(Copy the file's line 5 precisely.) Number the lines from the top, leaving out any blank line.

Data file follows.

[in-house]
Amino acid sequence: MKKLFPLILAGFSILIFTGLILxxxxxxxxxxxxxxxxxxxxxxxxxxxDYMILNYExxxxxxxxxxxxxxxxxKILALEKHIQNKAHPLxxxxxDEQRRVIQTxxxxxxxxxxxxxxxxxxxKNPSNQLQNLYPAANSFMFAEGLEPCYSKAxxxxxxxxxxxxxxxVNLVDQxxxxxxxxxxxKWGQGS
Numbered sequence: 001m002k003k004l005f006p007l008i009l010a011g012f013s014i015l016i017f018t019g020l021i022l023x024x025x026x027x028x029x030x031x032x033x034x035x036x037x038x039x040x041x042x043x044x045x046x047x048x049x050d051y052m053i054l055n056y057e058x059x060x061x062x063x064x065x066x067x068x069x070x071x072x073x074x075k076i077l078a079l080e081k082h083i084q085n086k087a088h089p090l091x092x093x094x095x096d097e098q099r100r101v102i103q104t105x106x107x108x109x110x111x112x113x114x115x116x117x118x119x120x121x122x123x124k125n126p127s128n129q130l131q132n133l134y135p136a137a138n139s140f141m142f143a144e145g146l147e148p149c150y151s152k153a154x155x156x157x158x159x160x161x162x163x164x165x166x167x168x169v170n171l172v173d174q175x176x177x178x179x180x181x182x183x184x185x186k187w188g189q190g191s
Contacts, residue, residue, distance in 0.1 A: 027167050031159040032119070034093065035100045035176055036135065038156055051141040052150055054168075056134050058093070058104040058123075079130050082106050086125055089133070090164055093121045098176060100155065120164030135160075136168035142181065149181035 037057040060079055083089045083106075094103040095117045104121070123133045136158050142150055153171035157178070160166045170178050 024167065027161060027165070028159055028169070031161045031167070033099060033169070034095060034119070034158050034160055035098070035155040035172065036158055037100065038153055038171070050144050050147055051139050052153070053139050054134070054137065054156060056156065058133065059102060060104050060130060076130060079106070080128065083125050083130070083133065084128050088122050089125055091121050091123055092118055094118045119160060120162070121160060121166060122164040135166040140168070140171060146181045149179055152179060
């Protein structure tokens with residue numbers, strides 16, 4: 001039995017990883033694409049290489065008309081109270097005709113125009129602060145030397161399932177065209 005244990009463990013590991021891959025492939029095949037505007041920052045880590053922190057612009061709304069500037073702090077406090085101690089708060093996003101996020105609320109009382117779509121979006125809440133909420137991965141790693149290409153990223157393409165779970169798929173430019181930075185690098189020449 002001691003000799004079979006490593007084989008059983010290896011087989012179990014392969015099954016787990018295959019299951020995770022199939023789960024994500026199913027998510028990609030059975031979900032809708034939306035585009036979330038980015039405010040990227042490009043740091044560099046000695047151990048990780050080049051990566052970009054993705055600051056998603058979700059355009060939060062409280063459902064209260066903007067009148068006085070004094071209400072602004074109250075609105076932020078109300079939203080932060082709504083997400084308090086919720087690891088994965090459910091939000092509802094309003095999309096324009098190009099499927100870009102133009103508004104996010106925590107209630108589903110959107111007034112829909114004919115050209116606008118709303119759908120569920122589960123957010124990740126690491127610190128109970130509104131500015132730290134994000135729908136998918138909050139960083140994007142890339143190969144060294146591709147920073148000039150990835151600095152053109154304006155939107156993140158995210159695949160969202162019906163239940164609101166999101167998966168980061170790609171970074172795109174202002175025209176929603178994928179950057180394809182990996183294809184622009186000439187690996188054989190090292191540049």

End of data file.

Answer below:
């Protein structure tokens with residue numbers, strides 16, 4: 001039995017990883033694409049290489065008309081109270097005709113125009129602060145030397161399932177065209 005244990009463990013590991021891959025492939029095949037505007041920052045880590053922190057612009061709304069500037073702090077406090085101690089708060093996003101996020105609320109009382117779509121979006125809440133909420137991965141790693149290409153990223157393409165779970169798929173430019181930075185690098189020449 002001691003000799004079979006490593007084989008059983010290896011087989012179990014392969015099954016787990018295959019299951020995770022199939023789960024994500026199913027998510028990609030059975031979900032809708034939306035585009036979330038980015039405010040990227042490009043740091044560099046000695047151990048990780050080049051990566052970009054993705055600051056998603058979700059355009060939060062409280063459902064209260066903007067009148068006085070004094071209400072602004074109250075609105076932020078109300079939203080932060082709504083997400084308090086919720087690891088994965090459910091939000092509802094309003095999309096324009098190009099499927100870009102133009103508004104996010106925590107209630108589903110959107111007034112829909114004919115050209116606008118709303119759908120569920122589960123957010124990740126690491127610190128109970130509104131500015132730290134994000135729908136998918138909050139960083140994007142890339143190969144060294146591709147920073148000039150990835151600095152053109154304006155939107156993140158995210159695949160969202162019906163239940164609101166999101167998966168980061170790609171970074172795109174202002175025209176929603178994928179950057180394809182990996183294809184622009186000439187690996188054989190090292191540049």